This invention relates to perfluoropolyether and perhalogenated chlorofluoroether polymers that can be prepared by fluorinating polymers made by the polymerization of acetals, ketals, polyacetals, polyketals and orthoesters with elemental fluorine. The products formed by the present invention have essentially the following formula: ##STR1## wherein Y and Y' are the same or different and are selected from the group consisting of linear and branched perfluoroalkylenes having at least 2 carbon atoms; perfluoroalkyleneoxyalkylene and perfluoropoly(alkyleneoxyalkylene) each having alkylene groups containing at least two carbon atoms wherein in Y or Y' one or more of the fluorine atoms may be substituted by a halogen atom other than fluorine; wherein X and Z are the same or different and are selected from the group consisting of --(CF2)r COF, --(CF2)r OCF3, --(CF2)r COOH and Cr F2r+1-q Clq, wherein r is an integer from 1 to 12 and q is an integer from 0 to 25; wherein R1, R2, R3 and R4 are the same or different and are selected from the group consisting of --F, --Cl, --CF2 Cl, --CFCl2, --CCl3, perfluoroalkyl of one to ten carbon atoms and perfluoroalkoxyalkyl of one to ten carbon atoms wherein one or more of the fluorine atoms may be substituted by a halogen atom other than fluorine; wherein n is an integer from 2 to 1,000; and wherein m is an integer from 0 to 1,000; provided that when R1, R2, R3 and R4 together are F then Y or Y' comprises an ethylene group having at least one fluorine atom which is substituted by a halogen other than fluorine.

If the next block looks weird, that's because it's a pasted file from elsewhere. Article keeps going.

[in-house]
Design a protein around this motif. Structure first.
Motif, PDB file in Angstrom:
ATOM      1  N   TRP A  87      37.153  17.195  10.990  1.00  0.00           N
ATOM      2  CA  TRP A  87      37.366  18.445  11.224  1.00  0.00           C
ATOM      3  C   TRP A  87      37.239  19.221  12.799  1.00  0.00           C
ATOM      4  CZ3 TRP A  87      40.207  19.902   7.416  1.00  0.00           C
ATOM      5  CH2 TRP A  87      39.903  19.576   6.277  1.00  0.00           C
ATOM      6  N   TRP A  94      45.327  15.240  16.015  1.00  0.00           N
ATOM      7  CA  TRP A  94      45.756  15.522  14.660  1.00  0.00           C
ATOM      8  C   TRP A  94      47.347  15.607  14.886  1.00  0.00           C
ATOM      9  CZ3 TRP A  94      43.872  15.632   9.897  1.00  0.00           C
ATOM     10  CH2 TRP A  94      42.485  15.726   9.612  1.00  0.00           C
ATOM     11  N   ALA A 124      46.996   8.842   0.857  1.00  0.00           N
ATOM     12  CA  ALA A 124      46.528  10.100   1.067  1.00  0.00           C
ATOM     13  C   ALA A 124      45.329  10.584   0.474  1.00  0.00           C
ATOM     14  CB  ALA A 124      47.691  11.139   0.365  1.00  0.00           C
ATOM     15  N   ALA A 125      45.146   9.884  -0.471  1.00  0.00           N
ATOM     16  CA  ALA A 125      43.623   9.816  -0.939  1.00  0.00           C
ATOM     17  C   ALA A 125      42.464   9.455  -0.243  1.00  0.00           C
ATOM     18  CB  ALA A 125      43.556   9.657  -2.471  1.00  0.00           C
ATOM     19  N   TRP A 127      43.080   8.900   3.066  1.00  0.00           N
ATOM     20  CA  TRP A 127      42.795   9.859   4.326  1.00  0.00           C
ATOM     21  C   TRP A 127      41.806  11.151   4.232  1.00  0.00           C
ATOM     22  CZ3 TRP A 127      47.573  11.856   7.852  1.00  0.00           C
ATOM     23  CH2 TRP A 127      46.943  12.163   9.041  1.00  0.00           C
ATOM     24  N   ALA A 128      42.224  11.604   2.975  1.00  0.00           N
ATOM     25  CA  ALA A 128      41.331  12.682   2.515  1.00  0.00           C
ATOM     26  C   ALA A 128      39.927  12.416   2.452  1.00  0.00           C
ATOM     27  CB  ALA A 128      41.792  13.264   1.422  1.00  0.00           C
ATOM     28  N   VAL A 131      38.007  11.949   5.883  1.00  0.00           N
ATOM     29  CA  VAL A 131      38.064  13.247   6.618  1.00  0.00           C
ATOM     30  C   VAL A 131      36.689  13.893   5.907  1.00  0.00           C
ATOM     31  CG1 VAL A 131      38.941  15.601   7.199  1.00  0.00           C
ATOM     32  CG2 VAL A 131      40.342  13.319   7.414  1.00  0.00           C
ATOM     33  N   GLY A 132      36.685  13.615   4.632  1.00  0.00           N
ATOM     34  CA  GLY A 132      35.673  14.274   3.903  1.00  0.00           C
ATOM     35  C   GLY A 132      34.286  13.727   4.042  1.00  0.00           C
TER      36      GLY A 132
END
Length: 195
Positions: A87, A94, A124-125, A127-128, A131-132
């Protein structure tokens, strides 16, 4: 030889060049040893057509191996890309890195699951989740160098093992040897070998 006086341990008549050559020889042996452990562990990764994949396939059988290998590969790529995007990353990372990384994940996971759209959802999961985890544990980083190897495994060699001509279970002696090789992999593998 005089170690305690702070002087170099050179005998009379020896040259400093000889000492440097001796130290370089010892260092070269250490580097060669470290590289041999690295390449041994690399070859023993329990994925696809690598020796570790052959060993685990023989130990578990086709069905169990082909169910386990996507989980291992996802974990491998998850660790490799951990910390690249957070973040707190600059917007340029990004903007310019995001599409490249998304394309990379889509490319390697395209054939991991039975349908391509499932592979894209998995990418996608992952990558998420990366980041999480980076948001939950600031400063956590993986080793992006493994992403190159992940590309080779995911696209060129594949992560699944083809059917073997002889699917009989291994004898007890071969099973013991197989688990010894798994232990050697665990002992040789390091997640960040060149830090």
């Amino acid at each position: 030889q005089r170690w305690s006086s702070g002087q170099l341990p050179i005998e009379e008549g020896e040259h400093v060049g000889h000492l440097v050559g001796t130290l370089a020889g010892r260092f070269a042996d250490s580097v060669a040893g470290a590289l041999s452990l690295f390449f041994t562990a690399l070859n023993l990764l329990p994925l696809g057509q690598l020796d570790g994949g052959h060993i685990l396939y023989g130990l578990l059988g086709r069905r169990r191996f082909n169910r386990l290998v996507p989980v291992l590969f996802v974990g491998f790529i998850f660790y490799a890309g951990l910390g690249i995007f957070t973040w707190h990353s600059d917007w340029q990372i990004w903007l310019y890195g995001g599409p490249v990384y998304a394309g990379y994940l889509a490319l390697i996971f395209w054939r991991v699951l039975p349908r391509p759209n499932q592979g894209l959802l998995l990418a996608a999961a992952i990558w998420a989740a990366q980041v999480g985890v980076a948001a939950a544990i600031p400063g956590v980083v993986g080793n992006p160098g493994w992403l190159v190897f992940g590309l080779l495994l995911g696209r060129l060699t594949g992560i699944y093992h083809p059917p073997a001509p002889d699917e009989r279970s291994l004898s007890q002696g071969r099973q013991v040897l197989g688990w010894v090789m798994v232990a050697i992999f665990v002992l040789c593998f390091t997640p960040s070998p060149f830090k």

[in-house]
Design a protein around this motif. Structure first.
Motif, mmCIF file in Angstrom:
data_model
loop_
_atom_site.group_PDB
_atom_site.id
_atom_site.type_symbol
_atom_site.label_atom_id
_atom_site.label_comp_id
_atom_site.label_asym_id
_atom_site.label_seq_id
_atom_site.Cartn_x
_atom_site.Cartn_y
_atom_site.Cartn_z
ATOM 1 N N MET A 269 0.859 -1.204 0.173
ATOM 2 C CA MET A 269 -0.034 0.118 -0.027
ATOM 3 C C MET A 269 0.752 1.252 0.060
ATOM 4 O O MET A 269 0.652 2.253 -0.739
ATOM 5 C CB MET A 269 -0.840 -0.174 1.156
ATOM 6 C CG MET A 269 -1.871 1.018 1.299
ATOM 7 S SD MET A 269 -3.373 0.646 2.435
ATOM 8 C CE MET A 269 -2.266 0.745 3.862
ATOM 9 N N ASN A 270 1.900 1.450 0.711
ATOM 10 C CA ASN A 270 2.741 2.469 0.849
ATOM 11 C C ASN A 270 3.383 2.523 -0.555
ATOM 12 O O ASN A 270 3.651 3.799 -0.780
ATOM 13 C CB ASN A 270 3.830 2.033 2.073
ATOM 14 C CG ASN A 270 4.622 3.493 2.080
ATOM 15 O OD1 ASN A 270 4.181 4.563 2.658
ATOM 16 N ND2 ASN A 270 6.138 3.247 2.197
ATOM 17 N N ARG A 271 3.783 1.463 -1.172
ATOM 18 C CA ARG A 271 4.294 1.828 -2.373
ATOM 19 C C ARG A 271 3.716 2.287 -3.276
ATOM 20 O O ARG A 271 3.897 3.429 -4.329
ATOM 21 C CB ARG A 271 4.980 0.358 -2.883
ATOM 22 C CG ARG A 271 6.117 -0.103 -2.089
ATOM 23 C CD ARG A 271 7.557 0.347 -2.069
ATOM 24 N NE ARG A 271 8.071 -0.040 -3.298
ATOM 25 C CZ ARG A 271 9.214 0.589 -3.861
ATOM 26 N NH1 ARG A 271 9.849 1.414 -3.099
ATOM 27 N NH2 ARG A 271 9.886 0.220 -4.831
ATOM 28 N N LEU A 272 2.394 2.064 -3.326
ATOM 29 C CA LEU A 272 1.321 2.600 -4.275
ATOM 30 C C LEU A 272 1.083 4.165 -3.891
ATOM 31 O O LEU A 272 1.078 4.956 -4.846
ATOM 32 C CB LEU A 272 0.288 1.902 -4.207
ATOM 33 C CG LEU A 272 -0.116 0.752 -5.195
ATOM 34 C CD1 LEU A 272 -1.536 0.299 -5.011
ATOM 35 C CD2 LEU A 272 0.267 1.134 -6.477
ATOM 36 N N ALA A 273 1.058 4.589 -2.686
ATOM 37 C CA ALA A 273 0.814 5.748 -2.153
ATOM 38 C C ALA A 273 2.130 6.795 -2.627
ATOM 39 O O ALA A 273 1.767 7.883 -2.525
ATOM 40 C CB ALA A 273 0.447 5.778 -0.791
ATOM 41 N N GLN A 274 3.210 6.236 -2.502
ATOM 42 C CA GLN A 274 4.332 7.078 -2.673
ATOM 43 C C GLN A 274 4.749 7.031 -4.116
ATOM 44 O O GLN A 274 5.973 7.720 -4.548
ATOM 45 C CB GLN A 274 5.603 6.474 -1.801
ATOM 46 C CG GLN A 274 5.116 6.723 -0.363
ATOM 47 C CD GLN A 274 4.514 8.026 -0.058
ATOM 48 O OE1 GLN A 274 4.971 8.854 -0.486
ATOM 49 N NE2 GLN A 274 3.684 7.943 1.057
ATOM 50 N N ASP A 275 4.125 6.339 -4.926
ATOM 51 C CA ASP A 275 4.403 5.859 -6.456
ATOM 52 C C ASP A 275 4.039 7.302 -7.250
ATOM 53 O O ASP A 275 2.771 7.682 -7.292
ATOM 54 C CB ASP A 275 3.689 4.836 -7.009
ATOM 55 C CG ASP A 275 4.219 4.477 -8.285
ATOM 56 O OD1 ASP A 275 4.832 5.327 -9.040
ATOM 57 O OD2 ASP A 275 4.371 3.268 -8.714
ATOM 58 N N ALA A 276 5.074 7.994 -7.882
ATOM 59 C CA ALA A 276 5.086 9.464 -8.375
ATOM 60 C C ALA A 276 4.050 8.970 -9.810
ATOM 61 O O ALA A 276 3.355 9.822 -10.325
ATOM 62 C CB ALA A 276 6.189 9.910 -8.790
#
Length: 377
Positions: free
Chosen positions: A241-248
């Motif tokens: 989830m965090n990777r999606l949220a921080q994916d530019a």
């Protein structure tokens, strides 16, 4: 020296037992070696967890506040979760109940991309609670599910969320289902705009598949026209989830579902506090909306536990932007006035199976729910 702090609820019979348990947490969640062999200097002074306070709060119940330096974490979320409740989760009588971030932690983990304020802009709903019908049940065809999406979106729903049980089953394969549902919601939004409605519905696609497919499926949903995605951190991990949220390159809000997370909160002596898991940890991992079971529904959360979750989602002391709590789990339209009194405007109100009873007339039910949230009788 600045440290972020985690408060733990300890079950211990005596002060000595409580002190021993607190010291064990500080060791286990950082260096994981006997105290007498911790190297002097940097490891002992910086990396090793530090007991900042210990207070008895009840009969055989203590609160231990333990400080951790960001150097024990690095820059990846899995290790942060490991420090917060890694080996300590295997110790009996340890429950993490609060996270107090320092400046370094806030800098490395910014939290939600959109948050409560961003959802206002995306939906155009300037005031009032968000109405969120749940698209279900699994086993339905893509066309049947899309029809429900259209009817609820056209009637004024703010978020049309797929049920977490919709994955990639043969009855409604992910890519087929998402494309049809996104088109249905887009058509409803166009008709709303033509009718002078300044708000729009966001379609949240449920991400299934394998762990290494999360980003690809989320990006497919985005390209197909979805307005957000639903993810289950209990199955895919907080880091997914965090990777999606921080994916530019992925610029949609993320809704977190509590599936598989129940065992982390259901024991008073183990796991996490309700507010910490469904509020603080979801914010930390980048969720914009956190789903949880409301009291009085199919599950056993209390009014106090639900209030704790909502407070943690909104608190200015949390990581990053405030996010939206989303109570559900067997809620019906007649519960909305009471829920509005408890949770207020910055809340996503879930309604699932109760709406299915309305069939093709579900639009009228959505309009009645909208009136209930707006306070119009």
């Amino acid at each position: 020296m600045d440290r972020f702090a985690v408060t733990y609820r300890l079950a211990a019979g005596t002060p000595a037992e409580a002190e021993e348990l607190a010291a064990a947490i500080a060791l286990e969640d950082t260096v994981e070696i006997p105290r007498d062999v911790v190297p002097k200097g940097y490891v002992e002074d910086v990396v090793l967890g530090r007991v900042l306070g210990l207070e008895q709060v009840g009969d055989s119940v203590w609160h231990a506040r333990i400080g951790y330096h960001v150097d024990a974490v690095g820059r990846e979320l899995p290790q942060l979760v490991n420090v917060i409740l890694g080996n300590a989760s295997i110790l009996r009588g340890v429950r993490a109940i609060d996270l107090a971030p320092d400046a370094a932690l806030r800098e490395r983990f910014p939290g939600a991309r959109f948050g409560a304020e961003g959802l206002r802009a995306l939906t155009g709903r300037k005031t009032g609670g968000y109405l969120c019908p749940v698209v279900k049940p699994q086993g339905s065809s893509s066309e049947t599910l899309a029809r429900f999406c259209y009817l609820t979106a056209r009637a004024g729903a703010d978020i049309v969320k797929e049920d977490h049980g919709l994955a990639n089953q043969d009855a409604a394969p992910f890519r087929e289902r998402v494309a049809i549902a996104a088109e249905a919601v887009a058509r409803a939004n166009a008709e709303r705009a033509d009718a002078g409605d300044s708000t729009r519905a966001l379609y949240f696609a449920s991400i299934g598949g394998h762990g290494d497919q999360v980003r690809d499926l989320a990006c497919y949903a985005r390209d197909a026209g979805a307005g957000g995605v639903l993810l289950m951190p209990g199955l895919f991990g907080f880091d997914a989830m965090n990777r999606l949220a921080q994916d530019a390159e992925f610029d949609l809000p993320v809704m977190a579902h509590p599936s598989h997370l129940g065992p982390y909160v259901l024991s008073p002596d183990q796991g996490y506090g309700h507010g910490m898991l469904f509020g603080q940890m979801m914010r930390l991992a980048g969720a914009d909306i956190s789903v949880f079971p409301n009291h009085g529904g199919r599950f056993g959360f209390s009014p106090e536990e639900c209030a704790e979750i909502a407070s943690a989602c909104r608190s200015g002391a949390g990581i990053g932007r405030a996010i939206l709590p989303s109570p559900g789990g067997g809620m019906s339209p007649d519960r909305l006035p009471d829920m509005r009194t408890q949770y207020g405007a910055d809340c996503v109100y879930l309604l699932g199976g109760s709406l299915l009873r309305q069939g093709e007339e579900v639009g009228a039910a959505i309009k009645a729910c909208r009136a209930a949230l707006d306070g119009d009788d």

This invention also relates to perhalogenated polyethers of the formula: ##STR2## wherein R1, R2, X and Z are defined above and n is an integer from 2 to 1000; provided that R1 and R2 cannot both be fluorine atoms.
The perfluoropolyethers and the perhalogenated chlorofluoropolyethers of this invention can be used as lubricants, hydraulic fluids, thermal shock fluids, vapor phase soldering fluids and in numerous other applications in which an inert, nonflammable, oxidatively stable fluid is required. The low molecular weight perfluoropolyethers of the present invention have many useful applications in the electronics industry.